Mike Pence isn’t the first former vice president to fail to become president. He isn’t even the first to fail to win his party’s nomination, as he acknowledged when he suspended his campaign on Saturday, or to challenge his former boss in the process. The history books are rarely kind to such men. Posterity treats them as afterthoughts and also-rans, with little to define them outside the shadow of the presidents they served.
It feels fitting that this fate should befall Pence, even though he spent the last few years trying to reclaim his narrative. Unfortunately, in deciding to be Donald Trump’s running mate in 2016, he inextricably tied their futures together. Even the one standout moment for Pence, his refusal to play along with the plot to overturn the 2020 election, the thing he hinged his campaign on, was still a reaction. Pence cannot unwind his story from Trump’s — but he can help write the ending.
In signing on to Trump’s 2016 campaign, there was a clear transaction at work. Pence, then the governor of Indiana, would bring a gravitas and respectability to the chaos that had surrounded Trump’s run. His conservative bona fides were unquestionable, he sat at the nexus between old-school corporate-friendly Republicans and evangelical Christians, and he would offset the latter’s questions about the irreligious man at the top of the ticket. In exchange, Pence could duck out of his struggling re-election campaign and stake his claim as the heir to the party — a former vice-presidential candidate who had been tested on the trail and would be ready for the nomination in 2020.
In signing on to Trump’s 2016 campaign, there was a clear transaction at work.
Then, against all expectations, Pence found himself living in the Naval Observatory. Though he spent the following four years working plenty behind the scenes, publicly Pence did little to distinguish himself beyond fawning over Trump. For most of his term, Pence was purposefully kept in the background, and unlike most of his modern counterparts, he held no specific portfolio or area of expertise. He was made the point person of the White House coronavirus task force early in the pandemic, but held little authority as the crisis dragged on.
When Trump lost in 2020, Pence did little to help turn off the ensuing firehose of lies about mass election fraud. His 2022 memoir emphasized that he was all-in on the legal challenges to the voting and shared the “concerns” about supposed irregularities in the process. It was only when there was no other choice that he did the right thing, correctly telling Trump that he had no power to unilaterally throw the election on Jan. 6, 2021. The mob that ransacked the Capitol and called for his hanging that day thought otherwise.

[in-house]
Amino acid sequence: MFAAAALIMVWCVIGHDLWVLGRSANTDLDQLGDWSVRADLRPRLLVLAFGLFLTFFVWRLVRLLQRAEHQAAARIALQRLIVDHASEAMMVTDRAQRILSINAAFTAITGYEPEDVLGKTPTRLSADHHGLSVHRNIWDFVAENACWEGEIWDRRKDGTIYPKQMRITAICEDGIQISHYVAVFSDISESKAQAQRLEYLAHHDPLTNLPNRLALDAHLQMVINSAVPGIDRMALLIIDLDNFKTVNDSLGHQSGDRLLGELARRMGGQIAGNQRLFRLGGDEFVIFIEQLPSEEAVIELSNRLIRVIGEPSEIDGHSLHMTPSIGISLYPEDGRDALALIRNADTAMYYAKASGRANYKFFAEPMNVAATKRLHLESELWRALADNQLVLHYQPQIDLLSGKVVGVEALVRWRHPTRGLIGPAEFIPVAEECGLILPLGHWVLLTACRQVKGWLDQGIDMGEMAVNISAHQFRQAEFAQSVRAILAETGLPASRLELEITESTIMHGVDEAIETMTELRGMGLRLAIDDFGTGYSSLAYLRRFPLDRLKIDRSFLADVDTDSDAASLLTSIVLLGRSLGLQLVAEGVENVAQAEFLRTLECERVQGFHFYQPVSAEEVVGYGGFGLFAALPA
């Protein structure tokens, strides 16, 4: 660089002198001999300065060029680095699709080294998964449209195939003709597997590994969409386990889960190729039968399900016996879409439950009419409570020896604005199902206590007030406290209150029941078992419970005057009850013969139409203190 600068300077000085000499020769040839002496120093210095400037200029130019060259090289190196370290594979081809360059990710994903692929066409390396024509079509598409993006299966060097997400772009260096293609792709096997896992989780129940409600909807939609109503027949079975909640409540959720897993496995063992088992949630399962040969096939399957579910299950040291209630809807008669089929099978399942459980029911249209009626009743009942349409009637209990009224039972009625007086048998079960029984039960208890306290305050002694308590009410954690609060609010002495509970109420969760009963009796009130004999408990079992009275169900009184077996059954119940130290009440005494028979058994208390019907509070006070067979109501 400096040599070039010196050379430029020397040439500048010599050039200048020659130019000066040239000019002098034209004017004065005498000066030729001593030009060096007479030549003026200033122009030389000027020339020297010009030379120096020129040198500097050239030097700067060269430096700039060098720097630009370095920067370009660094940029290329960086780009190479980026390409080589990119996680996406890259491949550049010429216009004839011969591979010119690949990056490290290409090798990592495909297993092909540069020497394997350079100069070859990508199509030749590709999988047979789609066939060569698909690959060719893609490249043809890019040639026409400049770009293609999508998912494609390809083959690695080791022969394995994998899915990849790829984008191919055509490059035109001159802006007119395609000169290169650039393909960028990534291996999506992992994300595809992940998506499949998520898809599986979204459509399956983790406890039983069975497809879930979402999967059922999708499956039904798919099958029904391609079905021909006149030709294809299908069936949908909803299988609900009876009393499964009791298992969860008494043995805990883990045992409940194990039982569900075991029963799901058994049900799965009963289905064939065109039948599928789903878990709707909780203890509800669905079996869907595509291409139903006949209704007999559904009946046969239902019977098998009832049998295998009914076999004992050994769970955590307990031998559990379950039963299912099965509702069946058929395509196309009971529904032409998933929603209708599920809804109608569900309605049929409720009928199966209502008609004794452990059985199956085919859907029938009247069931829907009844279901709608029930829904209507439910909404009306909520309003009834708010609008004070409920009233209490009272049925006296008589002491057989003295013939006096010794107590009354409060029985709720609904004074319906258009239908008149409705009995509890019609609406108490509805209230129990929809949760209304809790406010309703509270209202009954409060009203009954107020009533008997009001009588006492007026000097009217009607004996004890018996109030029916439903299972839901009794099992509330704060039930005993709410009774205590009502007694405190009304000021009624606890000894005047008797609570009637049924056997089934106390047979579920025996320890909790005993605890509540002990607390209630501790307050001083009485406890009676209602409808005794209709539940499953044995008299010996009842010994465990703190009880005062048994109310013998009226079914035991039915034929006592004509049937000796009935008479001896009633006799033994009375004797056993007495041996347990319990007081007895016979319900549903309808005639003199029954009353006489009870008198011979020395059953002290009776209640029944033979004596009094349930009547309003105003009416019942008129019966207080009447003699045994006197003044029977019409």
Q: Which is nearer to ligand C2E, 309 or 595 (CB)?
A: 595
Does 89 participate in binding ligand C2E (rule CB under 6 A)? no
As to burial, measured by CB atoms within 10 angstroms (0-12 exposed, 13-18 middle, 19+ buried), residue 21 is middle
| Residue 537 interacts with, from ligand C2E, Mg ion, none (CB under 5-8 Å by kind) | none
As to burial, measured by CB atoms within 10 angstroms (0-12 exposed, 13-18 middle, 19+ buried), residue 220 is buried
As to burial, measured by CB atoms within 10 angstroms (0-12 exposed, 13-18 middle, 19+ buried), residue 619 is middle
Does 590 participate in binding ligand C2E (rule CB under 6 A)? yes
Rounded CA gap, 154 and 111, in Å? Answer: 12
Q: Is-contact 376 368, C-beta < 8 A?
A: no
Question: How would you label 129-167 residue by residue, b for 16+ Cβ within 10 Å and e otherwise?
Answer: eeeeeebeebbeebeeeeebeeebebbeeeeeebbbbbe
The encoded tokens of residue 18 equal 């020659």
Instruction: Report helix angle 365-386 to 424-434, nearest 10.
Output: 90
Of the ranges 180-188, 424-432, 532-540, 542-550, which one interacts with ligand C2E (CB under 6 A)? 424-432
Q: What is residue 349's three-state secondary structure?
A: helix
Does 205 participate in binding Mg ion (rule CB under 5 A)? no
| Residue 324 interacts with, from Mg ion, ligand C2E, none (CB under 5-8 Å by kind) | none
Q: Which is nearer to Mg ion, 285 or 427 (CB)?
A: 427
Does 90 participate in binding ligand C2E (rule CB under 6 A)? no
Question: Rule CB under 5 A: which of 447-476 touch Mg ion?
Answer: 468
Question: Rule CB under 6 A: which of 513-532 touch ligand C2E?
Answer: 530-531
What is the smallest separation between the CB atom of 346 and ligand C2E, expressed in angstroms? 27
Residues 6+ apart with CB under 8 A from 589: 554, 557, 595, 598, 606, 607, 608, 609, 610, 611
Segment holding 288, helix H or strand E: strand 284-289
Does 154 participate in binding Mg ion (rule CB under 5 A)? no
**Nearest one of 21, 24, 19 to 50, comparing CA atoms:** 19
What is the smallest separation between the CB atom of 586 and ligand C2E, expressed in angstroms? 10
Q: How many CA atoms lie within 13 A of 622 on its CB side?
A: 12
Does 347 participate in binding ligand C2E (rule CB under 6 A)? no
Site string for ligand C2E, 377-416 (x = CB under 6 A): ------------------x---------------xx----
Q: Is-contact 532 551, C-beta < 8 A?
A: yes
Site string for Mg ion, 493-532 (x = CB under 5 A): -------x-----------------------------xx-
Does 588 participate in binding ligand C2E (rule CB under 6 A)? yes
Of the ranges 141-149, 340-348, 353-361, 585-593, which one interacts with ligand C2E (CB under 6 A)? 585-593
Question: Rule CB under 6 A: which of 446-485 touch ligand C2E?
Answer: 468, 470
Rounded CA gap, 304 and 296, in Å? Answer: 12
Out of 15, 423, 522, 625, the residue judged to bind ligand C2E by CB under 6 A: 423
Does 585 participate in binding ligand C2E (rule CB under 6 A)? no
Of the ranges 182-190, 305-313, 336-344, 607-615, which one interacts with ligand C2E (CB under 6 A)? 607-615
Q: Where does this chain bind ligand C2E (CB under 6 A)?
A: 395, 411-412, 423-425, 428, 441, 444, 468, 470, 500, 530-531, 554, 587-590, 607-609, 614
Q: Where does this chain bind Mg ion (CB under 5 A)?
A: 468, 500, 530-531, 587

When he launched his 2024 campaign, Pence clearly hoped that there was space in the party for someone who pushed classic red meat for Republican voters — lower taxes, religious freedom and an unwavering opposition to abortion — but would also be counted on to follow the rule of law. He told supporters at the launch of his campaign that Trump “demanded I choose between him and the Constitution. Now voters will be faced with the same choice. I chose the Constitution, and I always will.”
But the base wants what it wants — and it wants Trump.
But the base wants what it wants — and it wants Trump. Where the former president once needed Pence as a gateway to evangelicals, Trump is now their choice despite his many, many sins. Pence’s phase of the culture war, which he fought even as LGBTQ rights were on the rise, has given way to a new Trumpist version, louder and social media-driven in a way the soft-spoken Pence can’t match. And the base especially doesn’t want someone who they see as having betrayed Trump by refusing to “stop the steal.”
“This is not my time,” Pence acknowledged on Saturday. But now he is effectively free for the first time in seven years. He no longer has to worry about what Trump does or says and how it affects his political ambitions. The choice he has now is what to do with that freedom. If he truly believes in the Constitution, in the rule of law, in all those things that Trump opposes, he will take this chance to speak out even more forcefully. He’ll agree to testify fully in the federal election interference case in which Trump faces four criminal charges. He’ll not just refuse to endorse Trump, as his now former rival has tauntingly suggested, but promise to spend whatever little political capital he has on helping keep Trump from returning to power.
But then again, those are things that a leader would do. And if Mike Pence has proven anything during his political career, it’s that he makes a much better follower than a leader.
Hayes Brown is a writer and editor for MSNBC Daily, where he helps frame the news of the day for readers. He was previously at BuzzFeed News and holds a degree in international relations from Michigan State University.